Authentic and full of flavour.
Peel the onions, tear the stones out of the olives, then roughly chop both with the apricots. Peel and finely chop the garlic, then put all of it into a casserole pan on a medium heat with a lug of olive oil, the garam masala, cumin and chilli flakes. Cook for about 15 minutes, or until soft, stirring regularly and adding splashes of water to stop it sticking, if needed.
Roughly chop the potatoes (skin on) and tomatoes, and add to the pan along with the chickpeas (juice and all). Cut the meat into 2.5cm chunks and add to the pan, then crumble in the stock cube and add 250ml of boiling water (if you’ve got some leftover gravy from the mothership recipe, add that here too – it’ll give a wicked depth of flavour). Bring to the boil, then simmer with the lid on for 20 to 25 minutes, or until the potatoes are cooked through, adding splashes of water to loosen, if needed.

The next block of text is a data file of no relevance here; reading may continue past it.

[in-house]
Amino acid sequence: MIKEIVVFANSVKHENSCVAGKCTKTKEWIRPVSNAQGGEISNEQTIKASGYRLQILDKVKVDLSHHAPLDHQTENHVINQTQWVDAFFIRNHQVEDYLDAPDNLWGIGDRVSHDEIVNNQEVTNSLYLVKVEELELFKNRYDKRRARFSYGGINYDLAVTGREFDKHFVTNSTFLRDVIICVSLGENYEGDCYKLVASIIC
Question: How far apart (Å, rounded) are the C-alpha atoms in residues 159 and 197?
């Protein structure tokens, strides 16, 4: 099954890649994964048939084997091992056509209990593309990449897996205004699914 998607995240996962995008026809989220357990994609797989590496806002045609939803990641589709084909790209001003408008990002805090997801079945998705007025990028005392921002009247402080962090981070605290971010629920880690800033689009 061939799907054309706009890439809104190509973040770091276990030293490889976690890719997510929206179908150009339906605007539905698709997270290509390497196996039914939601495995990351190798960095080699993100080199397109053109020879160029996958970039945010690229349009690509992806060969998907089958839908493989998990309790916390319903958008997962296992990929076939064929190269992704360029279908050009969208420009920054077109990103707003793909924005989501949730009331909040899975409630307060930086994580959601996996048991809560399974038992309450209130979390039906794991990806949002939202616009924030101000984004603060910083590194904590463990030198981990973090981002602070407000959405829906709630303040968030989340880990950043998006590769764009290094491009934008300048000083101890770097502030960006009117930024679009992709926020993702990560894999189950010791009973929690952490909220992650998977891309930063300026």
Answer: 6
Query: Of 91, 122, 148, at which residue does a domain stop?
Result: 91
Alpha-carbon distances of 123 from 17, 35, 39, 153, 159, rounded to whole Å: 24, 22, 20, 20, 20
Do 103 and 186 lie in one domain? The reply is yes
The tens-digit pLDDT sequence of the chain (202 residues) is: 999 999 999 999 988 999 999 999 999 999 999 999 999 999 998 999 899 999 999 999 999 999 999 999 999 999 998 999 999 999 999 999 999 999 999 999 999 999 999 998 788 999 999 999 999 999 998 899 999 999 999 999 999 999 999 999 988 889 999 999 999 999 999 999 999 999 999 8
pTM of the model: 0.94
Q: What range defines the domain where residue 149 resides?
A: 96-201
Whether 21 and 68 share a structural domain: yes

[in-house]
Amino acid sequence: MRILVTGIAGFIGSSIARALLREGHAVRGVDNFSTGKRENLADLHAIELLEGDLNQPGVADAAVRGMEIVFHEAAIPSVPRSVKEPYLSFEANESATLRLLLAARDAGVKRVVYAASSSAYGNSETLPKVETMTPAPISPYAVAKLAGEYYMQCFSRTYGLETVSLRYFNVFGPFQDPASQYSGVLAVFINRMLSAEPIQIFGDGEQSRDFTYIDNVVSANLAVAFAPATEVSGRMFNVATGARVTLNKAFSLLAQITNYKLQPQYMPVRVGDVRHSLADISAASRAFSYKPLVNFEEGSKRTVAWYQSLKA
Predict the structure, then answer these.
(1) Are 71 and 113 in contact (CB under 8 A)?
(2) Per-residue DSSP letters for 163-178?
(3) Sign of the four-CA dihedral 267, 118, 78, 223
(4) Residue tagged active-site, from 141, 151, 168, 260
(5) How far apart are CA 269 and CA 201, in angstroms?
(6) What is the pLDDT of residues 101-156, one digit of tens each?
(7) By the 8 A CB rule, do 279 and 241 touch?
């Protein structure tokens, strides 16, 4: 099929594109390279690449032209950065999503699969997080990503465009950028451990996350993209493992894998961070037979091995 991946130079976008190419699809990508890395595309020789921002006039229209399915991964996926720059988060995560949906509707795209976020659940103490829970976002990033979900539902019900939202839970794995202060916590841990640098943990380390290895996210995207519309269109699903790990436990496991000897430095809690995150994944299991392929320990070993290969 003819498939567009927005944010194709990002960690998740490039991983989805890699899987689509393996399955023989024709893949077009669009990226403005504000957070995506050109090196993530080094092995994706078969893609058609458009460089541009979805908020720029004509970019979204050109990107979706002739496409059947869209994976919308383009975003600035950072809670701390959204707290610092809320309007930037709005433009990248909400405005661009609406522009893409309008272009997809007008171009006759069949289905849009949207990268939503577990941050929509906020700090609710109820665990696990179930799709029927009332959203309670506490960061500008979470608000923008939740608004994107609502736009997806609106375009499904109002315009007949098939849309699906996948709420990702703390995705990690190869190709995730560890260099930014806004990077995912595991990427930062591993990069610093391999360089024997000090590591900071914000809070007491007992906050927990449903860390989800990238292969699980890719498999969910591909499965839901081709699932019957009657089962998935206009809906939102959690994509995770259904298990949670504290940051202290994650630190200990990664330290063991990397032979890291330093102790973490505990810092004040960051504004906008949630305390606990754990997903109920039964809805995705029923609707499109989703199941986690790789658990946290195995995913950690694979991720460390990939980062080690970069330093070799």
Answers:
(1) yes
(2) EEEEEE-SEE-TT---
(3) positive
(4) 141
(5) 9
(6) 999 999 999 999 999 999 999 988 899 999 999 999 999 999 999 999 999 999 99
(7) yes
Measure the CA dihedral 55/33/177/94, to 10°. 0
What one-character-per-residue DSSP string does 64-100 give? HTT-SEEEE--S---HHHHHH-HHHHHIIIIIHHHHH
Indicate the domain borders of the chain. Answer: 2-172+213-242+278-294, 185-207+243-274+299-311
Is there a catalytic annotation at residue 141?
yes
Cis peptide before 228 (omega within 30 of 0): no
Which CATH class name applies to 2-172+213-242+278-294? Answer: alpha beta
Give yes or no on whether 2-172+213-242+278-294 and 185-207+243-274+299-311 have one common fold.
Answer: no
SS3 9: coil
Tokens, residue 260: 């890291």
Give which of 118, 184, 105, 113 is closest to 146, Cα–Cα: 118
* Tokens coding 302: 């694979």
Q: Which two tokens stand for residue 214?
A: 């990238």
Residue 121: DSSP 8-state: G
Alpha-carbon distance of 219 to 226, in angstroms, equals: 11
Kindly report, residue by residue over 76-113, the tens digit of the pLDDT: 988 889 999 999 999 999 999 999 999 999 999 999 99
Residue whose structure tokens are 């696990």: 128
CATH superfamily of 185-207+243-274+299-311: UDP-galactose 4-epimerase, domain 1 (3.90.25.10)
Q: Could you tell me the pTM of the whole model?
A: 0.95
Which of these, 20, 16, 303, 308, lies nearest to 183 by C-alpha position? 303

Meanwhile, pop the couscous into a bowl, just cover with boiling water, put a plate on top and leave for 10 minutes to do its thing. Top and tail the orange, then use a knife to peel and segment it on to a board.
Peel and coarsely grate the carrots, pick over the mint leaves and toss everything on the board together, squeezing over any juice from the leftover central part of the orange. Add a lug of extra virgin olive oil and a pinch of salt and pepper, then toss again.
Fluff up your couscous, season to perfection, then tip on to a large platter. Season the tagine (sometimes I add a swig of balsamic vinegar to taste) and spoon it over the couscous. Drizzle with yoghurt, then pile the shredded carrot, mint and orange salad in the centre.
If you’ve got ras el hanout in your store cupboard, use that instead of garam masala to add a bit of extra authenticity on the flavour front.
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